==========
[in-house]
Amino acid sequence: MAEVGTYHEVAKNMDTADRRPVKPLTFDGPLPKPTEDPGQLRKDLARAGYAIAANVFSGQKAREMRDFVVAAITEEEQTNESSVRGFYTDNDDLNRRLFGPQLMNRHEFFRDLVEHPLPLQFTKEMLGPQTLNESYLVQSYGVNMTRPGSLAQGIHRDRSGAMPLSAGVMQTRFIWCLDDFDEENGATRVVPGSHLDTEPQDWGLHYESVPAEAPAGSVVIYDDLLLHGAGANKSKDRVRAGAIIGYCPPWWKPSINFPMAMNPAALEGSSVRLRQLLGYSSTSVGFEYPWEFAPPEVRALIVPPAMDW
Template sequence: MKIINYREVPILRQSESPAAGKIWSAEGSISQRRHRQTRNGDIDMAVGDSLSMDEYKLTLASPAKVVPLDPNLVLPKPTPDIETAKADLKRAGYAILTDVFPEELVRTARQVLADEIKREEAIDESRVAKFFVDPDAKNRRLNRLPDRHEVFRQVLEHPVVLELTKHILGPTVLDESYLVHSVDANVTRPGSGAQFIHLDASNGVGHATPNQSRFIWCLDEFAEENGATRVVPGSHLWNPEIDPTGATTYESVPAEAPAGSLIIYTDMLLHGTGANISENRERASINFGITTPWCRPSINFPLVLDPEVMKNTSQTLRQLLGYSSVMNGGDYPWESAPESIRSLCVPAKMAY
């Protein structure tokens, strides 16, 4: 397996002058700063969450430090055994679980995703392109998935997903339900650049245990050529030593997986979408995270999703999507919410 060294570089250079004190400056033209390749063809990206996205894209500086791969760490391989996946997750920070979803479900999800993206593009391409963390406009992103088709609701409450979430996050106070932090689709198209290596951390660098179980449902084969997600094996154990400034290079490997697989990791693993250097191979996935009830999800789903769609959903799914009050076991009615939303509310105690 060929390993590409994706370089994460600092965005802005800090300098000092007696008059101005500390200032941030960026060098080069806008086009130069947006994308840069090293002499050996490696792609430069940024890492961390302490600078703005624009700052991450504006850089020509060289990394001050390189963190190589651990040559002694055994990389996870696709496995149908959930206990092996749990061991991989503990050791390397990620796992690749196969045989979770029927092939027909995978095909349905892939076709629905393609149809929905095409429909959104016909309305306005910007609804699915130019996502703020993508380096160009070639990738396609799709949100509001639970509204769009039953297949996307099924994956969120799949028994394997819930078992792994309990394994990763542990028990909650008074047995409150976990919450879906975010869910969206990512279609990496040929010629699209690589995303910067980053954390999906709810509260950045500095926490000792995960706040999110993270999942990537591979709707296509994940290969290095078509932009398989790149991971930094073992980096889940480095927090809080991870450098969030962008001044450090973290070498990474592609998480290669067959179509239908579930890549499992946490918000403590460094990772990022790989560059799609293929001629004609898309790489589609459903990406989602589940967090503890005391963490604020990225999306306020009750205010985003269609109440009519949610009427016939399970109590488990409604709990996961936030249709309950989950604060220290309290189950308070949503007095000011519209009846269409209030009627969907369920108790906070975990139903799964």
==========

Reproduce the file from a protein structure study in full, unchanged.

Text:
[in-house]
Amino acid sequence: MAEVGTYHEVAKNMDTADRRPVKPLTFDGPLPKPTEDPGQLRKDLARAGYAIAANVFSGQKAREMRDFVVAAITEEEQTNESSVRGFYTDNDDLNRRLFGPQLMNRHEFFRDLVEHPLPLQFTKEMLGPQTLNESYLVQSYGVNMTRPGSLAQGIHRDRSGAMPLSAGVMQTRFIWCLDDFDEENGATRVVPGSHLDTEPQDWGLHYESVPAEAPAGSVVIYDDLLLHGAGANKSKDRVRAGAIIGYCPPWWKPSINFPMAMNPAALEGSSVRLRQLLGYSSTSVGFEYPWEFAPPEVRALIVPPAMDW
Template sequence: MKIINYREVPILRQSESPAAGKIWSAEGSISQRRHRQTRNGDIDMAVGDSLSMDEYKLTLASPAKVVPLDPNLVLPKPTPDIETAKADLKRAGYAILTDVFPEELVRTARQVLADEIKREEAIDESRVAKFFVDPDAKNRRLNRLPDRHEVFRQVLEHPVVLELTKHILGPTVLDESYLVHSVDANVTRPGSGAQFIHLDASNGVGHATPNQSRFIWCLDEFAEENGATRVVPGSHLWNPEIDPTGATTYESVPAEAPAGSLIIYTDMLLHGTGANISENRERASINFGITTPWCRPSINFPLVLDPEVMKNTSQTLRQLLGYSSVMNGGDYPWESAPESIRSLCVPAKMAY
């Protein structure tokens, strides 16, 4: 397996002058700063969450430090055994679980995703392109998935997903339900650049245990050529030593997986979408995270999703999507919410 060294570089250079004190400056033209390749063809990206996205894209500086791969760490391989996946997750920070979803479900999800993206593009391409963390406009992103088709609701409450979430996050106070932090689709198209290596951390660098179980449902084969997600094996154990400034290079490997697989990791693993250097191979996935009830999800789903769609959903799914009050076991009615939303509310105690 060929390993590409994706370089994460600092965005802005800090300098000092007696008059101005500390200032941030960026060098080069806008086009130069947006994308840069090293002499050996490696792609430069940024890492961390302490600078703005624009700052991450504006850089020509060289990394001050390189963190190589651990040559002694055994990389996870696709496995149908959930206990092996749990061991991989503990050791390397990620796992690749196969045989979770029927092939027909995978095909349905892939076709629905393609149809929905095409429909959104016909309305306005910007609804699915130019996502703020993508380096160009070639990738396609799709949100509001639970509204769009039953297949996307099924994956969120799949028994394997819930078992792994309990394994990763542990028990909650008074047995409150976990919450879906975010869910969206990512279609990496040929010629699209690589995303910067980053954390999906709810509260950045500095926490000792995960706040999110993270999942990537591979709707296509994940290969290095078509932009398989790149991971930094073992980096889940480095927090809080991870450098969030962008001044450090973290070498990474592609998480290669067959179509239908579930890549499992946490918000403590460094990772990022790989560059799609293929001629004609898309790489589609459903990406989602589940967090503890005391963490604020990225999306306020009750205010985003269609109440009519949610009427016939399970109590488990409604709990996961936030249709309950989950604060220290309290189950308070949503007095000011519209009846269409209030009627969907369920108790906070975990139903799964």